Two local artisans recently returned from the first international meeting of the EU-funded ÉCONOMUSÉE Network, held in Quebec. As part of a 40-strong European delegation of craft businesses, Leona Kane, proprietor of Broighter Gold Rapeseed Oil in Limavady and Micheal Scullion proprietor of Scullion Hurls in Loughgiel had the opportunity to study a range of Canadian artisans and their workshops across the Quebec Province. They are joining Marion Woodburn Designer Jewellery Galgorm, to form an ÉCONOMUSÉE network across Northern Ireland. Marion Woodburn was launched as the 1st ÉCONOMUSÉE in the UK in February 2011 by Minister Arlene Foster.
The Norwegian-led EU-funded project, with partners from Greenland, Iceland, Sweden, the Faroe Islands and The Republic of Ireland work with Causeway Coast and Glens Heritage Trust to give local skilled craft businesses extra insight into how best to present their high quality products. The Interreg Northern Periphery Programme project builds on a Quebec Idea called ÉCONOMUSÉE. First established in Québec, the ÉCONOMUSÉE initiative began in 1992 to support local craft businesses, create employment in the local area and preserve skills and traditions. The Causeway Coast and Glens Heritage Trust has been leading on this new concept in the UK.
The ÉCONOMUSÉE will ultimately enhance the unique heritage of the Causeway Coast and Glens area, by showcasing the traditional skills of our local craftsmen and women.
Scullion Hurls, located in the picturesque rural village of Loughgiel, is a family run business, which began as a hobby in 1979 by Joe Scullion. Joe would have fashioned hurls for himself and other players on the local club team, the Loughgiel Shamrocks. The hurls are handcrafted using the finest ash.
Broighter Gold, located on the foothills of the stunning Binevenagh Mountain, has just joined the ÉCONOMUSÉE network in Northern Ireland. Grown and harvested on the family farm in Limavady, Broighter Gold Rapeseed Oil is possibly the healthiest oil you can buy, and one you can trust to make your family’s meals healthier.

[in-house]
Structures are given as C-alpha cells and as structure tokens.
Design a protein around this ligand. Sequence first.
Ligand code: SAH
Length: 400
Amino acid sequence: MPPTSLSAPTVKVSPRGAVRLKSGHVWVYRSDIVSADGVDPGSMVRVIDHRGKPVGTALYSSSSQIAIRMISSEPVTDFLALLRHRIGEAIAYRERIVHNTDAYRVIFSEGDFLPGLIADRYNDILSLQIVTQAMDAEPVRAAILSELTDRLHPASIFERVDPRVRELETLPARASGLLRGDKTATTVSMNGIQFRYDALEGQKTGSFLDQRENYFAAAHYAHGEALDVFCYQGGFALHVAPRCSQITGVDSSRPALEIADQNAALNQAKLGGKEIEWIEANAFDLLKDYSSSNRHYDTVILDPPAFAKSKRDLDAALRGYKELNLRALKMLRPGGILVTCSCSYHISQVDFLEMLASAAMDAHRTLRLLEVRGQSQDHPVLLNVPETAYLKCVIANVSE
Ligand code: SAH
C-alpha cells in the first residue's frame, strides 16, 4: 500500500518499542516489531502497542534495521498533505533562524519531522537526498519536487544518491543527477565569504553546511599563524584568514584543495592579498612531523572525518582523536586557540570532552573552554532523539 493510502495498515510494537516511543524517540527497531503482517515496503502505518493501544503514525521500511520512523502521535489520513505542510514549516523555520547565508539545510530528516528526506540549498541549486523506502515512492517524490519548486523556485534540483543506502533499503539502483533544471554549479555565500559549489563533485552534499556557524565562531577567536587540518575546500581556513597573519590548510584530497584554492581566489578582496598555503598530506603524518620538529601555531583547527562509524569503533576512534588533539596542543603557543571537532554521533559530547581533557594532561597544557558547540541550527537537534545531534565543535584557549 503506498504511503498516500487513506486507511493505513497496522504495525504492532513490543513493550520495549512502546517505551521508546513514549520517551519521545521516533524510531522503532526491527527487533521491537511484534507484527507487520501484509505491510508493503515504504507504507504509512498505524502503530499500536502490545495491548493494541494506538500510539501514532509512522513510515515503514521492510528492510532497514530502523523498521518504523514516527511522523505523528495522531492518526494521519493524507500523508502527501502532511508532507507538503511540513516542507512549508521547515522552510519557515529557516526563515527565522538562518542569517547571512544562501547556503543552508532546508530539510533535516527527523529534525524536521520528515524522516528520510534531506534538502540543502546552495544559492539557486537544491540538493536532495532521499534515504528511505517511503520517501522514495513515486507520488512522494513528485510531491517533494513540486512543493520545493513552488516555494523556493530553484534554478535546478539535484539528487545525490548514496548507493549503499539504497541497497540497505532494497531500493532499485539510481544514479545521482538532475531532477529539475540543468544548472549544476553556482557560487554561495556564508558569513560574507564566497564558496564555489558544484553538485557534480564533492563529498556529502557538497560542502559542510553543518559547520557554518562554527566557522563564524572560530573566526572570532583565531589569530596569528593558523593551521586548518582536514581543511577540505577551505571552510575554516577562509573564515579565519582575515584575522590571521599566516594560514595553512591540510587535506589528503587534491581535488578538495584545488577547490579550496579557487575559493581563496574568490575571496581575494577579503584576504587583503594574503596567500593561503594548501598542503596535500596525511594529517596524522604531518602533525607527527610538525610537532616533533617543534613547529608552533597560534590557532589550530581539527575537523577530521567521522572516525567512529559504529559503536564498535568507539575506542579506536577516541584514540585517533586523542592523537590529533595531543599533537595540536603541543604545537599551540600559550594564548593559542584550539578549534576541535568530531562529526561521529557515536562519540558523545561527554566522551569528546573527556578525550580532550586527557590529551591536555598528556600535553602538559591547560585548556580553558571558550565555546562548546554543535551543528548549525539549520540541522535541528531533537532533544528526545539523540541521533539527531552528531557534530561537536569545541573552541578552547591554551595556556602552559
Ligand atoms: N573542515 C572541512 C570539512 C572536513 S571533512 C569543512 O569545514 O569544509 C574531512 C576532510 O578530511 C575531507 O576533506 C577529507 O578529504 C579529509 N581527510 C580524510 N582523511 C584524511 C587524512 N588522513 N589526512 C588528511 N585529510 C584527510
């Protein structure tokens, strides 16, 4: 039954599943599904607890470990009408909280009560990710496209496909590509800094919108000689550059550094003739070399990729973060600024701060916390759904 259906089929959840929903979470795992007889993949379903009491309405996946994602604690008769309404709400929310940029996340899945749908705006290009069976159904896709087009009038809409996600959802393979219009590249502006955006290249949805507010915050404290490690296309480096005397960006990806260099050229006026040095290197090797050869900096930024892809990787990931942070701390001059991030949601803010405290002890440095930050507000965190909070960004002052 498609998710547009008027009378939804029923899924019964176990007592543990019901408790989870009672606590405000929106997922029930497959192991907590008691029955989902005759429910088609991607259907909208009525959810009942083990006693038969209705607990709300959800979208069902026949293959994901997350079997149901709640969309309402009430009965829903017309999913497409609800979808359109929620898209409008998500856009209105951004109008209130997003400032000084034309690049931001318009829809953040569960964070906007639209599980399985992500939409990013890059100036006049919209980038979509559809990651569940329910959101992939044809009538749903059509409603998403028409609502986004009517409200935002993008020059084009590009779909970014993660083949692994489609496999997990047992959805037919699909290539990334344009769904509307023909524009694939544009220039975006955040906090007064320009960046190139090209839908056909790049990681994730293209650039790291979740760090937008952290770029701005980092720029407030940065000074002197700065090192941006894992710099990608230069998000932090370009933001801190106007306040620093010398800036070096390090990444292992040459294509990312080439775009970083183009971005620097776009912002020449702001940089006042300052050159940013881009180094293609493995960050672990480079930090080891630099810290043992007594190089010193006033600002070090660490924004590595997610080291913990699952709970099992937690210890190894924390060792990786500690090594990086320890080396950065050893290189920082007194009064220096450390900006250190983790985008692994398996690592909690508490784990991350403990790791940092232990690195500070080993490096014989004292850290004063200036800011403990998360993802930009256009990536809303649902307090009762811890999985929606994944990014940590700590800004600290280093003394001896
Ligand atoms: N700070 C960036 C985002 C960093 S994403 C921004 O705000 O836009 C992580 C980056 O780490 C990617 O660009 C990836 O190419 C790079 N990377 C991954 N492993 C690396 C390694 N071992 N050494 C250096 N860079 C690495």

The international meeting brought together almost fifty business partners from seven Northern European countries as well as representatives from the four Atlantic Provinces, British Columbia and Québec. The crafts people even found themselves ‘speed dating’ similar artisan companies to exchange experiences and try to develop possible joint products.
The trip consisted of conferences, training workshops, visits to various ÉCONOMUSÉES and the opportunity for networking between artisans from different countries. The three N.Ireland Économusée are part of the Craft International Project that is funded by the European Union under the Northern Periphery Interreg Programme. This project is breaking new ground by working so closely with a Canadian organisation within an EU initiative.
Both Broighter Gold Rapeseed Oil and Scullion Hurls will be officially launched as an Économusée by the end of 2012. Together with Marion Woodburn Jewellery in Galgorm, Ballymena, they will work with a group of artisans in Galway, and Athlone, but will cooperate equally well with artisans in narrow Norwegian valleys or Icelandic fjords. By pooling expertise and high quality products with storytelling and friendly staff, the artisans will sell both over the internet and across the counter to visitors.
How can artisans associated with the Broighter Gold hoard, the All Ireland Hurling Champions or the inspirations from Slemish fail to appeal to a wide audience?